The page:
In “Housing Lunatics and Students: Nineteenth-Century Asylums and Dormitories,” Carla Yanni, Professor of Art History, Rutgers University, explores the residential building types that have persisted at American universities for decades. Yanni’s essay appears in the latest issue of Change Over Time, PennDesign’s journal of conservation and the built environment, which documents a 2015 symposium entitled Therapeutic Landscapes. The issue’s guest editor was Aaron Wunsch, Assistant Professor in the Graduate Program in Historic Preservation at PennDesign.
Victorian educators wanted students to live in house-like conditions, and yet they did not embrace the boarding house. For many years, and for thousands of students, boarding houses were a common type of student housing, either because a student’s college had no residence halls or because the student could not afford a costly dorm room. (Boarding houses, where students slept and ate, were distinct from rooming houses, where no food was served.) Commuting from home or residing in a boarding house offered less chance for fellowship among students. To put it another way, life in the dorm required enforced sociability that could be avoided in a boarding house. As a type of lodging, the boarding house was considered socially unacceptable for families. According to architect Calvert Vaux, families should not reside in boarding houses; such a living arrangement was distasteful, because it lacked privacy and stability. Guests were constantly moving in and out, the environment was volatile, and families were unable to put their personal imprint on their space. Architectural historian Elizabeth Cromley reasonably concludes, based on Vaux’s and others’ comments, that the boarding house was threatening to middle-class values.(1) But students often had no choice.
College ofﬁcials objected to this unregulated off-campus option for many reasons. Proﬁt-seeking landlords and landladies could take advantage of gullible youngsters living away from home for the ﬁrst time. A student living on campus produced revenue for the college; a student in a boarding house did not. The boarding house was isolating. Shy students could hide in their rooms. The boarding house was an unsafe and malleable environment, especially for young women.
In Ann Arbor, Michigan, there were many so-called mixed boarding houses that placed men and women together. This was a custom most Deans of Women found abhorrent. Mixed boarding houses often had no common rooms, which meant girls might be tempted to entertain boys in their rooms. The houses could be decrepit and susceptible to fire. Dean Myra Jordan inspected houses to make sure they were single-sex, in good condition, and arranged with first-floor parlors.(2) She argued that girls living in boarding houses did not have the many advantages of dorm living—healthy meals, the companionship of other young women, afternoon teas, and the guidance of professional deans.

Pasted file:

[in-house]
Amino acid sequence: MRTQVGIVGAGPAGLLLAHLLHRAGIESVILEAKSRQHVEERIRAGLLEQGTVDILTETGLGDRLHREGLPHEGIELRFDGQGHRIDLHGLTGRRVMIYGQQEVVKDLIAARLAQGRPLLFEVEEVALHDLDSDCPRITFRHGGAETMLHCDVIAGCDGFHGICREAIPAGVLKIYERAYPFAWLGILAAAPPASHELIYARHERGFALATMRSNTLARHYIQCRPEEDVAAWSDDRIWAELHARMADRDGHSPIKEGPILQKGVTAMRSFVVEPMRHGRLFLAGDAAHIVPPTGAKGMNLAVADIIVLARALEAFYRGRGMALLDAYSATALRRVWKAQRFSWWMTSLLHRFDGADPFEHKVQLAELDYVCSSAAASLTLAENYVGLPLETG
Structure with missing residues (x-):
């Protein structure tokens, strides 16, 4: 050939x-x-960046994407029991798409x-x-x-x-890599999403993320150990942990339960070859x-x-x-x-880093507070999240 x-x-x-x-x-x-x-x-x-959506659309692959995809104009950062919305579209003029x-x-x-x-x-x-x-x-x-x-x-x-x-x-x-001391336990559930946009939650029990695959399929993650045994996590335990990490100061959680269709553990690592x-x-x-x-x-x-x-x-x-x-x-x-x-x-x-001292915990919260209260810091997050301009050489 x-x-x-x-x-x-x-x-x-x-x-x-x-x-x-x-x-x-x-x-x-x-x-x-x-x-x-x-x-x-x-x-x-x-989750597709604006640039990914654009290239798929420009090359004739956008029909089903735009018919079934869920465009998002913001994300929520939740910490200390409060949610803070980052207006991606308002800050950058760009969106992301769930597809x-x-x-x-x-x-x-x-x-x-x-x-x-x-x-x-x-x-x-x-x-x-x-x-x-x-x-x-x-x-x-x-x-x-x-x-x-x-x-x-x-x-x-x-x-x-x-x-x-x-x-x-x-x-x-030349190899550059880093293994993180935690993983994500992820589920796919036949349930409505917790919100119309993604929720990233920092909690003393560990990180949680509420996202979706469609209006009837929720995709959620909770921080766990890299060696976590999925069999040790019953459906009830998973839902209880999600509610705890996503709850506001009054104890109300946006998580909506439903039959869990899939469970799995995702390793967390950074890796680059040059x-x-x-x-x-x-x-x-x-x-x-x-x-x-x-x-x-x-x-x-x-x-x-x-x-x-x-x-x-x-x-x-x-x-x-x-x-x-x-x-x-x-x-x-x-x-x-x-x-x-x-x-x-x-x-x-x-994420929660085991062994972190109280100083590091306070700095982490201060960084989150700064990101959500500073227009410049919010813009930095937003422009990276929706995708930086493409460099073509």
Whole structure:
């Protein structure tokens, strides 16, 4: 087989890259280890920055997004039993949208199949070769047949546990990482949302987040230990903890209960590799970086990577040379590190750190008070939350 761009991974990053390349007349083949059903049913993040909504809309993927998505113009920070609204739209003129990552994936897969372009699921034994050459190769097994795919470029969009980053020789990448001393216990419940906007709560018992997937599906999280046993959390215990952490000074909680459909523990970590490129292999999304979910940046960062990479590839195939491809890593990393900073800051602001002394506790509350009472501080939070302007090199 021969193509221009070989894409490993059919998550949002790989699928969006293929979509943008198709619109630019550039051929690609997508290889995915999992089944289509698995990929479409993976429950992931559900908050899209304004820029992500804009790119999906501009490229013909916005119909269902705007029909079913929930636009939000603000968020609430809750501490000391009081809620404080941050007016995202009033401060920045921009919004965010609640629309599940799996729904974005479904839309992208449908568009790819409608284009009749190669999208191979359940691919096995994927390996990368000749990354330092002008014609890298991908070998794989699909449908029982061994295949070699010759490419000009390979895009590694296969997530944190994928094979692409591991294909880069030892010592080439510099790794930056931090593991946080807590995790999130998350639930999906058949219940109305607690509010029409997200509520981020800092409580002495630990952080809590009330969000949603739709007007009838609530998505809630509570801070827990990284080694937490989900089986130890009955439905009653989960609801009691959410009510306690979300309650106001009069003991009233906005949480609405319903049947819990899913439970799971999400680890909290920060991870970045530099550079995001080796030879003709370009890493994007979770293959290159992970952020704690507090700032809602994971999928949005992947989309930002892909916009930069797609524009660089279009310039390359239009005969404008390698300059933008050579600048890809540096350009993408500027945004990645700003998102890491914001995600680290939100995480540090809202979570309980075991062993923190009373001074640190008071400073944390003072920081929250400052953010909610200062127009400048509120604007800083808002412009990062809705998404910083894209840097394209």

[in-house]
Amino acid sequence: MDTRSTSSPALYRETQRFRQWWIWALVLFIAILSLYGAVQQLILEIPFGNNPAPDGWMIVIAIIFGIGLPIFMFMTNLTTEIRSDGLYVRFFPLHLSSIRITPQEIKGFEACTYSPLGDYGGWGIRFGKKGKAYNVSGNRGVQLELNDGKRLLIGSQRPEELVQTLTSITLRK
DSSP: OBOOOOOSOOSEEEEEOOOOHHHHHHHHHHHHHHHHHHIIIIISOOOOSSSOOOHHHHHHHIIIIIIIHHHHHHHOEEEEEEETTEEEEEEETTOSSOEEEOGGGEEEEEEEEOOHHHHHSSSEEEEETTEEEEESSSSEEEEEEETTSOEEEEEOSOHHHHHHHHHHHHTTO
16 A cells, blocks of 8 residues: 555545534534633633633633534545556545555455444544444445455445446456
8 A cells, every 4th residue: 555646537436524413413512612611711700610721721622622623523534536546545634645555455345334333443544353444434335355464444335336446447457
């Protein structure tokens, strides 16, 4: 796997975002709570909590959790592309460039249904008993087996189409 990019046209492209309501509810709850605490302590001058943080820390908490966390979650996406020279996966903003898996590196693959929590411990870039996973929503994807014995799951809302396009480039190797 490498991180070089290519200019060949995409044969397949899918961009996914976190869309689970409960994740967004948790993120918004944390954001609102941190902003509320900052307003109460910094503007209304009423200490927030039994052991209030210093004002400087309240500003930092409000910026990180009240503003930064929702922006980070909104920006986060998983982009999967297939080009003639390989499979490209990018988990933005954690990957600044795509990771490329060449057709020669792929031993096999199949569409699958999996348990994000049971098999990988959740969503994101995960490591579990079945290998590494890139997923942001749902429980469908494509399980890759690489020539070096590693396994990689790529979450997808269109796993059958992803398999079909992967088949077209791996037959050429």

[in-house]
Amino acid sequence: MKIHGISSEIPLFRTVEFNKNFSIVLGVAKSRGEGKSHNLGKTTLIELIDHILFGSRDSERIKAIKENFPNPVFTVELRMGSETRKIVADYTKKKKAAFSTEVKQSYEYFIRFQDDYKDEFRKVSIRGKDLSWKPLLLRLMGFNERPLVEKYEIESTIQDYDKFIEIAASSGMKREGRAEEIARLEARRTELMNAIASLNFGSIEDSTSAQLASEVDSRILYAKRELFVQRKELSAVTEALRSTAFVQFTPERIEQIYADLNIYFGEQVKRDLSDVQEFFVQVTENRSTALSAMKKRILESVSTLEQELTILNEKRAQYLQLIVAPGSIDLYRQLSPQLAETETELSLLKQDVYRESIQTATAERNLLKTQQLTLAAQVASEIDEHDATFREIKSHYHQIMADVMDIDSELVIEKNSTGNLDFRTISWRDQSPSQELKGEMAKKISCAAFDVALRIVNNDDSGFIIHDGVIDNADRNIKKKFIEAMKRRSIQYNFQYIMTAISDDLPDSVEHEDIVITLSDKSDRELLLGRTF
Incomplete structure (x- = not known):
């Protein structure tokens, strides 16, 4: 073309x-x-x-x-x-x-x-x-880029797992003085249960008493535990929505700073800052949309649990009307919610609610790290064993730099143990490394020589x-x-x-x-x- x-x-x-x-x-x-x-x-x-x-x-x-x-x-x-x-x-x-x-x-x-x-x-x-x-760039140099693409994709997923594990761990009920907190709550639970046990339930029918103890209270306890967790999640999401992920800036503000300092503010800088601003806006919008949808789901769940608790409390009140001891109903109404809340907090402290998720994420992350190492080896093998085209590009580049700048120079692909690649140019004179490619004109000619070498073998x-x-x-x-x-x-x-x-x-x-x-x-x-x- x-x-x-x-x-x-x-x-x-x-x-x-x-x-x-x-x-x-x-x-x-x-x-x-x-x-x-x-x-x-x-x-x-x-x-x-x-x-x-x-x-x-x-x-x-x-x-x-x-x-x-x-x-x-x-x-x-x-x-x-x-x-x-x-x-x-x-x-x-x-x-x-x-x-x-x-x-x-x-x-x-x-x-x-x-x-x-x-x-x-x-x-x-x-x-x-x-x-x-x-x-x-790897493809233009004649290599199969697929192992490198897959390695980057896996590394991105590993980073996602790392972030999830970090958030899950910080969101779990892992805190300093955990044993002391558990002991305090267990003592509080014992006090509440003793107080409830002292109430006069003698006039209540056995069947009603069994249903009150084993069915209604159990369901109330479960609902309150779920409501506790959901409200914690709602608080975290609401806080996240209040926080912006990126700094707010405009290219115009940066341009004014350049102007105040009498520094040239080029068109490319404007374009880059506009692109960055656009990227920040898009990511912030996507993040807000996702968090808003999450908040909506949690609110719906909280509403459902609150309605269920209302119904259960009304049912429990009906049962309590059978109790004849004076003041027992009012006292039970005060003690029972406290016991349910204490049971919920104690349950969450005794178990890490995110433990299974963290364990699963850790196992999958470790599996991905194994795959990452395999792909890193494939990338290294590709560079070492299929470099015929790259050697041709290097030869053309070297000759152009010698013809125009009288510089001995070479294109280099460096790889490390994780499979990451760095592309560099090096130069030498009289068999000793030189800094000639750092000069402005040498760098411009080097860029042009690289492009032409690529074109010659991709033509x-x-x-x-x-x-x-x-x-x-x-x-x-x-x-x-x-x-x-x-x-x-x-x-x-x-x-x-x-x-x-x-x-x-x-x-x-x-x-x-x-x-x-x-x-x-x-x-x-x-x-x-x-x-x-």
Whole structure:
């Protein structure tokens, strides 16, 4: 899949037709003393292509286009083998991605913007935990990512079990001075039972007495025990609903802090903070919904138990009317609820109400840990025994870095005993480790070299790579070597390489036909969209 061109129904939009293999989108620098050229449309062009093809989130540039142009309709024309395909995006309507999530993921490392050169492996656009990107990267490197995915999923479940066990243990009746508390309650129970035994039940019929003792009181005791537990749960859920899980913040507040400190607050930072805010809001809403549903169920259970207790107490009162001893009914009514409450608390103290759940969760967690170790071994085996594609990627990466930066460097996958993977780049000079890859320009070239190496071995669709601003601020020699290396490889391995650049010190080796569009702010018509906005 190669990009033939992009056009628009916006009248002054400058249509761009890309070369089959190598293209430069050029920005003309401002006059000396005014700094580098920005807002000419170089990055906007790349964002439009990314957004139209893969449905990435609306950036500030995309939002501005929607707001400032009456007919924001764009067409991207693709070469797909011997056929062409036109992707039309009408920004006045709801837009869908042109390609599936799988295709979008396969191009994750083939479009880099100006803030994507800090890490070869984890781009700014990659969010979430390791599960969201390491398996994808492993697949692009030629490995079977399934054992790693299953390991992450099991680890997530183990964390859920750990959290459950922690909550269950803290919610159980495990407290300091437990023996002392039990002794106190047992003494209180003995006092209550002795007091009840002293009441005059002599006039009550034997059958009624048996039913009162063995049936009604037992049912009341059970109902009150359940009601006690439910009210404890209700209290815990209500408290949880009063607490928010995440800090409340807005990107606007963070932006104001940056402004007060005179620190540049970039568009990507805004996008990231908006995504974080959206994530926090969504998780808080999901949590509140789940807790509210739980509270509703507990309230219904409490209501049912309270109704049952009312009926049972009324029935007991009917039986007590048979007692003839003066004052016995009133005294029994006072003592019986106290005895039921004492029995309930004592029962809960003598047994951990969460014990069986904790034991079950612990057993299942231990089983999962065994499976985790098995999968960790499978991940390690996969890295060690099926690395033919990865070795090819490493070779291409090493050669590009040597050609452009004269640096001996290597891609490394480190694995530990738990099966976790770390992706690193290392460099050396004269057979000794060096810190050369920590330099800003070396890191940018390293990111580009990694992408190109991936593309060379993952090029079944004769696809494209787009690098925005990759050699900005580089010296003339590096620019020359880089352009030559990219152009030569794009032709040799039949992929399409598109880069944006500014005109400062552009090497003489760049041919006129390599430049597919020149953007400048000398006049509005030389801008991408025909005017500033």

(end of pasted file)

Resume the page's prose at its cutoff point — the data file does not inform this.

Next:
From today’s vantage point, it might be hard to see how to insert the robustly masculine fraternity house into this framework of domesticity. Cornell’s first president, Andrew Dickson White, saw no contradiction. Cornell was founded in 1868 with the premise that dormitories were unnecessary. The ideal fraternity would create an intimate group of men, which, according to White, would serve as “the best substitute for the family.”(3) The fraternity solved other problems, too. Each individual fraternity had the advantage of making the fast-growing land grant university seem small. And if fraternities built their own chapter houses, the university could spend its capital budget on laboratories and classrooms rather than student housing.
On the one hand, there was a theory, not to say myth, that fraternities created an all-male family. On the other hand, fraternities often occupied regular houses, which obviously strengthened the domestic association.(4)
1. Elizabeth Collins Cromley, Alone Together: A History of New York’s Early Apartments (Ithaca, NY: Cornell University Press, 1990), 20.
2. Myra Beach Jordan to President Harry Burns Hutchins, 28 July 1915, Box 10, folder 4, Harry Burns Hutchins Papers, Bentley Historical Library, University of Michigan. In this report, actually a personal letter from Jordan to Hutchins, Jordan outlined the many duties of her ofﬁce.
3. Blake Gumprecht, “Fraternity Row, The Student Ghetto, and the Faculty Enclave: Characteristic Residential Districts in the American College Town,” Journal of Urban History 32, no. 2 (January 2006): 231–73. See also Blake Gumprecht, The American College Town (Amherst: University of Massachusetts Press, 2009).
4. James Ellsworth Boyd, “A Note on the Old North Dormitory,” The Ohio State University Quarterly 2, no. 2 (October 1910): 35–36. The author, who graduated in 1891, was recalling his time in the dormitory twenty years earlier.